1. Its definitely a volatile stock and if played right could score someone no doubt. Its not like its losing money either. But it has the trouble of being in struggling department store segment and their buildings are in many bad malls too.
              Im hard on Rida, because I have caught them in too many lies. Cant be trusted. I agree totally the buying responsibility is on the buyer. So since I believe that, I can say I respect honest money losing stock pickers than dishonest ones who have some winners. They take advantage of fact that most readers are too dumb or lazy to fact check them. Oh wait, silly me.. I am a dinosaur, the word lie is illegal and politically incorrect, so I apologize. I meant to say factual untruths. 🙂
              Though I must say I respect Preferred Stock Trader. And he is an honest well meaning person too.

  78. Fibonacci anyone?,
    I’m not a follower of this, but they (actually 1 guy who has some cred) predicts a very big down day on Tuesday.
    I find it hard to believe that one can predict that from lines and waves.
    I remember this one guy who used astrology to predict the market. Archie Crawford i think.
    I’m not buying it.
    Anyways, late monday, i’ll buy a SPY put for a day or two trade just in case.
    I want him to be wrong of course.

  79. UBER CEO buy $ 7 million of stock
    I bought 600 @ 28.50 extended hours trading
    Will unload by 10 AM or later tonight
    I hope for a .50 cent gain minimum

    Not for the faint hearted

    1. Sold all 600 for a measly gain of $134
      UBER is much higher after i sold.
      Oh well, let someone else share the ride.
      There was a big sell overnight that deflated trading early, now it’s at 28.94.
      Picking which inside buy to trade is imperative. Tech stocks are the desired types.
      Maybe this is not the forum for Insider buys.

    1. Too late, It jumped too fast out of the gate. Did not buy.
      I got the news at 9:21 but was away till 9:29

  80. Good news for those who bought into EFC-A –

    Ellington Financial Inc. Announces Common Stock Offering
    [Business Wire] [PRICED 4.2 MIL SHARES AT $18.20]
    Business WireNovember 18, 2019


    Ellington Financial Inc. (EFC) (“Ellington Financial” or the “Company”) announced today that it has commenced an underwritten public offering of 4,200,000 shares of common stock. The Company also expects to grant the underwriters an option for 30 days to purchase up to an additional 630,000 shares of common stock. UBS Securities LLC, Credit Suisse Securities (USA) LLC, BofA Securities, and Keefe Bruyette & Woods, Inc. are acting as joint book-running managers for the offering.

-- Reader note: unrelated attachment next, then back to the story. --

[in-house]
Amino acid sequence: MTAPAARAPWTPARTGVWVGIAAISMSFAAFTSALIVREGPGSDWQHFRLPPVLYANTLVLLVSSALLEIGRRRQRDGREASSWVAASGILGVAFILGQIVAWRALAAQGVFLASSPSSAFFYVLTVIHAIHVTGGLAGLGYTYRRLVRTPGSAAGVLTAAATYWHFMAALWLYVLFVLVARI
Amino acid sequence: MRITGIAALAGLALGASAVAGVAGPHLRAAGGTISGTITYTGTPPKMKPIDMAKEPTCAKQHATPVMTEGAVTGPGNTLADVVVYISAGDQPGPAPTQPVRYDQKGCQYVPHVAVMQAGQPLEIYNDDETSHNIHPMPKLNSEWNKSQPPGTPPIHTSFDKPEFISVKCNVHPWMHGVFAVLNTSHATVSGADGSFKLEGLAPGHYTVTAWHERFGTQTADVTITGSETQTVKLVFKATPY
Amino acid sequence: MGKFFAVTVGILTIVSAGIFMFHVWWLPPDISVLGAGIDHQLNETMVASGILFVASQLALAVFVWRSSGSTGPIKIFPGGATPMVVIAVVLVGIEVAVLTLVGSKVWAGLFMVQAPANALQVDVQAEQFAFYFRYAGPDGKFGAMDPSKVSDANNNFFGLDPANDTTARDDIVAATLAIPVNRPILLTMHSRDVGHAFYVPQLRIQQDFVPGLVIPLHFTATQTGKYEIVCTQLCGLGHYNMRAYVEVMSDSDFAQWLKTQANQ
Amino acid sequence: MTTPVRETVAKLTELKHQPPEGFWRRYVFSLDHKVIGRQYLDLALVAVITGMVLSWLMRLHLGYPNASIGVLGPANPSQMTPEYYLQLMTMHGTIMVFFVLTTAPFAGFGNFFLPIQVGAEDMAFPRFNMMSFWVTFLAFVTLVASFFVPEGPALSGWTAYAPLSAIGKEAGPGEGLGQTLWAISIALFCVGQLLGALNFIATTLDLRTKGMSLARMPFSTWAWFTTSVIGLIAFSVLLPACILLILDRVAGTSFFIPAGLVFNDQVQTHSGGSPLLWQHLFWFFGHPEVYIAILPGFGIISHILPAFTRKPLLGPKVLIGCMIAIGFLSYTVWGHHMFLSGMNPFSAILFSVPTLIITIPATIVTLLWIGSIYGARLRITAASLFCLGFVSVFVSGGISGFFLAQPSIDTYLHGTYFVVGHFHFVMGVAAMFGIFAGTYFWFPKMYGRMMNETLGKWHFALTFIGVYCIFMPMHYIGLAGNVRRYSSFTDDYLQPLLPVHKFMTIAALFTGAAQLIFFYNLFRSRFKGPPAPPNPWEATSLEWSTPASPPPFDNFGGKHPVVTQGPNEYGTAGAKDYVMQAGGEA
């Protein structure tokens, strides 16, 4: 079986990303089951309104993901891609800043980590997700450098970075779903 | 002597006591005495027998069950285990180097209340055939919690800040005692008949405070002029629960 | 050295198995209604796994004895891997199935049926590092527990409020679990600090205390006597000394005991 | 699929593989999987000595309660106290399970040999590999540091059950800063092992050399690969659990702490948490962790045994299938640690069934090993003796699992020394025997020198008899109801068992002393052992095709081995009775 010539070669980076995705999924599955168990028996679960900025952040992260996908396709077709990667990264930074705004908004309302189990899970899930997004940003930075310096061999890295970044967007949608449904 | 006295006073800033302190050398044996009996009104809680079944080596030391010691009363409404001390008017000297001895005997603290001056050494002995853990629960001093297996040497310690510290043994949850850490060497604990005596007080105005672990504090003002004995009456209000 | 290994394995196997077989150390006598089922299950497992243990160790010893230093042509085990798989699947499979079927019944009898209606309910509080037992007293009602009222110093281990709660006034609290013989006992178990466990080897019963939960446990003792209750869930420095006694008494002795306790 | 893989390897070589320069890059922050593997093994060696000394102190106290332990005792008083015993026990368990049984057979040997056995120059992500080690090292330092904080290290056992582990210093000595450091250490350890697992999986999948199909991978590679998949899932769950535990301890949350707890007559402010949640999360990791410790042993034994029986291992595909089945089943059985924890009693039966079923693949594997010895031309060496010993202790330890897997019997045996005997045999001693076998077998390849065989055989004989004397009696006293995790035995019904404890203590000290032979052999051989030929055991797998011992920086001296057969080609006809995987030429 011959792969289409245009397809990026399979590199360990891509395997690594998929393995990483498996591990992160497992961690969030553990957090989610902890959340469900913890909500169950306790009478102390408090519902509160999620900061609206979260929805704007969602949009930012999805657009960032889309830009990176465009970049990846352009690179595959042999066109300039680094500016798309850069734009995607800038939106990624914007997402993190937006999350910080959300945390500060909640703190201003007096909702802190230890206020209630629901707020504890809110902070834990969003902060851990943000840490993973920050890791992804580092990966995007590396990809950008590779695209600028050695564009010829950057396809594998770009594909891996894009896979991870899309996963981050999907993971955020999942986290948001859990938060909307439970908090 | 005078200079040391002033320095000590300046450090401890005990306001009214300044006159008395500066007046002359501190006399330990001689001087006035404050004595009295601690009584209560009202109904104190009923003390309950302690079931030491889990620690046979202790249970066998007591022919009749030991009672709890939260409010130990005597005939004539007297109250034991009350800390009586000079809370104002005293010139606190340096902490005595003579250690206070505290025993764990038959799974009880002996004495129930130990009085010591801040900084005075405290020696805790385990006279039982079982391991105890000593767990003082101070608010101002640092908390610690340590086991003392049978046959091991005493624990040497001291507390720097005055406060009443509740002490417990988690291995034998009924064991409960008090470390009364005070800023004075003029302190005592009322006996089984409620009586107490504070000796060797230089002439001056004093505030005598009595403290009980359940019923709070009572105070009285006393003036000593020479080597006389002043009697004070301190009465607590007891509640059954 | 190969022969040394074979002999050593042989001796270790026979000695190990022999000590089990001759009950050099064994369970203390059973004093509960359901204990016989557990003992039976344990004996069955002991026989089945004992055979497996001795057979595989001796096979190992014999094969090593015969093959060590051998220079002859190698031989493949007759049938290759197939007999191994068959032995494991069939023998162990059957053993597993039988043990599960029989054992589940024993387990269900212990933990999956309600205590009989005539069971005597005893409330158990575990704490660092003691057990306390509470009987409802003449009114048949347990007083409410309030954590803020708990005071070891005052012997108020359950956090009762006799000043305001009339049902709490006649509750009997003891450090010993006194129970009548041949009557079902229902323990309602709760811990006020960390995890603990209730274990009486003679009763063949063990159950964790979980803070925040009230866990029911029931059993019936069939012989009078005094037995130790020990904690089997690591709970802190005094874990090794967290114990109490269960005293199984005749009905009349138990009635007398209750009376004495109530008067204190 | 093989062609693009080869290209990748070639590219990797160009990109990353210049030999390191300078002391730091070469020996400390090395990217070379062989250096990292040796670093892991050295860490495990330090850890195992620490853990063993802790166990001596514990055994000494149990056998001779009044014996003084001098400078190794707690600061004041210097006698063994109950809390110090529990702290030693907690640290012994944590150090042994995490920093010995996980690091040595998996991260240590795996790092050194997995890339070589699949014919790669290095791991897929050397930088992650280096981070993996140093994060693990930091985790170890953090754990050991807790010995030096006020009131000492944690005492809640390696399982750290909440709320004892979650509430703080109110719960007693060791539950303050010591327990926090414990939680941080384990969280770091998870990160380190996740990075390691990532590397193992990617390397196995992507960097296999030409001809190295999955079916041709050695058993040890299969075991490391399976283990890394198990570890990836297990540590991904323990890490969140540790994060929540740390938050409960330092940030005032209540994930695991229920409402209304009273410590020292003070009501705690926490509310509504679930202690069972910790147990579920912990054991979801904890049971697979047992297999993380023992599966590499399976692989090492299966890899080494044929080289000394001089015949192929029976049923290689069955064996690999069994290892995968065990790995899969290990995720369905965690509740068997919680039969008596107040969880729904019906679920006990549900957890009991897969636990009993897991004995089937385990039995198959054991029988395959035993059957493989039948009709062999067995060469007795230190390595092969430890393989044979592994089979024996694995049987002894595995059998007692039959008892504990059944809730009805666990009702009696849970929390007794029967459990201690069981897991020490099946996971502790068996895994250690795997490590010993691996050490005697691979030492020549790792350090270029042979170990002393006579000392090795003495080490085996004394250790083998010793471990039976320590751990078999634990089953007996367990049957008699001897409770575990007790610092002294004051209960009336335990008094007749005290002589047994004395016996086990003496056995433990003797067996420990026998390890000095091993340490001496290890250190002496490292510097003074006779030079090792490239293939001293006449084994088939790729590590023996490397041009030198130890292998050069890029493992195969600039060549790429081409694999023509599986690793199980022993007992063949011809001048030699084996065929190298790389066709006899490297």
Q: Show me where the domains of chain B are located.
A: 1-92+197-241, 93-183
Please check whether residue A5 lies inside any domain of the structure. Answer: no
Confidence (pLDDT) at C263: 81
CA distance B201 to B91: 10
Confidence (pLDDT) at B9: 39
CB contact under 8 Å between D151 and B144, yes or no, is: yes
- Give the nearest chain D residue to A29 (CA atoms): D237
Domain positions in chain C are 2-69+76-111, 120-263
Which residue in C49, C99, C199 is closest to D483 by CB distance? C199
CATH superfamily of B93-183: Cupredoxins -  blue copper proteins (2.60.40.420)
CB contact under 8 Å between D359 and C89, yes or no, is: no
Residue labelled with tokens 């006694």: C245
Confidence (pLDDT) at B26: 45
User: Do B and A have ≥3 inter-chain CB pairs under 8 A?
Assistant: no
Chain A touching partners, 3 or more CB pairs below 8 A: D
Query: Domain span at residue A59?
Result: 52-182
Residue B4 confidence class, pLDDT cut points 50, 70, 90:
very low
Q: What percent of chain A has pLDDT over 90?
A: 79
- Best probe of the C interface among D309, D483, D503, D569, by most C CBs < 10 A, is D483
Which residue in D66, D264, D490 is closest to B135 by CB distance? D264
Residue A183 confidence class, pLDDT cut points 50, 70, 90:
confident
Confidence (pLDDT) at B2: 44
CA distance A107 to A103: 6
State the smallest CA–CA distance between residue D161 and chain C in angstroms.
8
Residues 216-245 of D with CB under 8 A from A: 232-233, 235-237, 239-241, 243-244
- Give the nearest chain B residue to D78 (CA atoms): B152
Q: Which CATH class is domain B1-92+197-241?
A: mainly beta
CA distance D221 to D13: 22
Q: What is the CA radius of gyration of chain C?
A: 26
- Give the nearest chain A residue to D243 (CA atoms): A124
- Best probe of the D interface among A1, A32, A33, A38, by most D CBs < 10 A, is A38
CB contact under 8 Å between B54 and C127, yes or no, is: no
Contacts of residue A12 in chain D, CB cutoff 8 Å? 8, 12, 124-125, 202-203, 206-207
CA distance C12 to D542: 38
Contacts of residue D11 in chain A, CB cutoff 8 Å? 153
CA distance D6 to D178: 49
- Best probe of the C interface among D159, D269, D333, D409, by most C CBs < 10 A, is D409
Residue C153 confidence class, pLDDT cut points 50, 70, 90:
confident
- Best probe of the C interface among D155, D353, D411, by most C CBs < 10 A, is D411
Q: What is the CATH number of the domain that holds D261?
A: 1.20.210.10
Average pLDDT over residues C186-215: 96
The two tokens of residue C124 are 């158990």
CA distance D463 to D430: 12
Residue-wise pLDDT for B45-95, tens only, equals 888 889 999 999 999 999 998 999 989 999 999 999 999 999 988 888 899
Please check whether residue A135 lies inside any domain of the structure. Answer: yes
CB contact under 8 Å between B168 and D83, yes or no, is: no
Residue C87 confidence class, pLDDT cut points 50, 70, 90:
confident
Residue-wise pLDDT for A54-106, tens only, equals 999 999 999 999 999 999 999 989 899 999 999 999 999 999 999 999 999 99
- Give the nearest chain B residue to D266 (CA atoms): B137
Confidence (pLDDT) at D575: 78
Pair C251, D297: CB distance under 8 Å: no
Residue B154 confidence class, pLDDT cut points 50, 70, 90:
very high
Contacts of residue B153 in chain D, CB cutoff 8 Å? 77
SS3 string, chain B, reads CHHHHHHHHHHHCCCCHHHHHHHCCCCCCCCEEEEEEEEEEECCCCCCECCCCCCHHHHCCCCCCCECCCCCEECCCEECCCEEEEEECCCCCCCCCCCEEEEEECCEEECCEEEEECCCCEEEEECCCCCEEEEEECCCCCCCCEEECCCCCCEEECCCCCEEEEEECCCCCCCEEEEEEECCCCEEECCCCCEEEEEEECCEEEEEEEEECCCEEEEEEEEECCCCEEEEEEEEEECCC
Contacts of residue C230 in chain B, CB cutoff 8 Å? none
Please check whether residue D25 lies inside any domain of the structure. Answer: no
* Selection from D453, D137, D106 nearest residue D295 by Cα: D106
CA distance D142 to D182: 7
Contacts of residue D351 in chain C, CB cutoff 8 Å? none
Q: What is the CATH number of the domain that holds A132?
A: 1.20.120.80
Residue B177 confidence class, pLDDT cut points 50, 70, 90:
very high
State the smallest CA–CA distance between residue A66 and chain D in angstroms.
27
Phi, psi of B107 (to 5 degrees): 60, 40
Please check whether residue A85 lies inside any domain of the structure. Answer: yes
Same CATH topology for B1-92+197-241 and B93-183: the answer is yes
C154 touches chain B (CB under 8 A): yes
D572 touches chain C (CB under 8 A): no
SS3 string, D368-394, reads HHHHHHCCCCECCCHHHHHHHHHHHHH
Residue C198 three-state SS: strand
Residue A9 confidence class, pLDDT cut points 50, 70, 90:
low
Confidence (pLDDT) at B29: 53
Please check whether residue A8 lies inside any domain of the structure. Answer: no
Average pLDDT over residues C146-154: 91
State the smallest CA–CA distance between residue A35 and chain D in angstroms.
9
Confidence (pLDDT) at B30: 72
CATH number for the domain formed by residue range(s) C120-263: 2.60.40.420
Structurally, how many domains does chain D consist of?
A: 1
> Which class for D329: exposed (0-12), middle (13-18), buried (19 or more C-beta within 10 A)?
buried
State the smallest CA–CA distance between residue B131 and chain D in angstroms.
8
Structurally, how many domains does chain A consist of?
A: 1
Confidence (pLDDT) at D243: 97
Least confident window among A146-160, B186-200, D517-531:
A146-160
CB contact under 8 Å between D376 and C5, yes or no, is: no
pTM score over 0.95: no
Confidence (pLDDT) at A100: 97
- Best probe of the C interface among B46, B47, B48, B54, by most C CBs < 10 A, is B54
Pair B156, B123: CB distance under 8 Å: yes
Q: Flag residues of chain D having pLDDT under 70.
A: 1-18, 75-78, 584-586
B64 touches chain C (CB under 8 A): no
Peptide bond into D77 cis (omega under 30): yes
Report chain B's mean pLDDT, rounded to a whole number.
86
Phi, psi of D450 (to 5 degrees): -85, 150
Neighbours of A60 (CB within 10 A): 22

The Company expects to use the net proceeds of the offering to acquire its targeted assets. The Company may also use the net proceeds for working capital and general corporate purposes.

    The shares of common stock will be offered under the Company’s existing shelf registration statement on Form S-3, which was declared effective by the Securities and Exchange Commission on April 3, 2019. The offering is being made only by means of a prospectus supplement and accompanying base prospectus, which will be filed with the Securities and Exchange Commission. Copies of the prospectus supplement and accompanying base prospectus related to the offering may be obtained from UBS Securities LLC, Attention: Prospectus Department, 1285 Avenue of the Americas, New York, New York 10019, or by telephone at (888) 827-7275; or Credit Suisse Securities (USA) LLC, Eleven Madison Avenue, 3rd floor, New York, New York 10010, Attention: Prospectus Department or by telephone at (800) 221-1037; or BofA Securities, Attention: Prospectus Department, NC1-004-03-43, 200 North College Street, 3rd floor, Charlotte, NC 28255-0001 or by email at; or Keefe, Bruyette & Woods, Inc., 787 Seventh Avenue, 4th Floor, New York, NY 10019 (Attn:Capital Markets) or by telephone at (800) 966-1559.

  81. ATGE cfo bought $1,000,000 worth
    i paid 33.91 for 700 shs.
    Let it ride..
    I will be out within the next 20 minutes i hope

    1. I sold off all at 34.29-34.32.
      I thought it would be a bigger haul.
      A gain of .40 is still acceptable.
      Till the next inside buy..seeya

  82. Anyone play the inside buys ?
    Just bid 25.50 on tdc after hours….I don’t want to chase it too high.
    Also bought dbx @ 19.41..I know i wuz late, culda bought it at 19.29
    I usually unload at the open , i hope
    The best ones are the ones that come in after hours.
    One can hold these longer, but it’s not my practice.

    1. Just sold tdc at 26.75..I know , i know it’s over 27 now.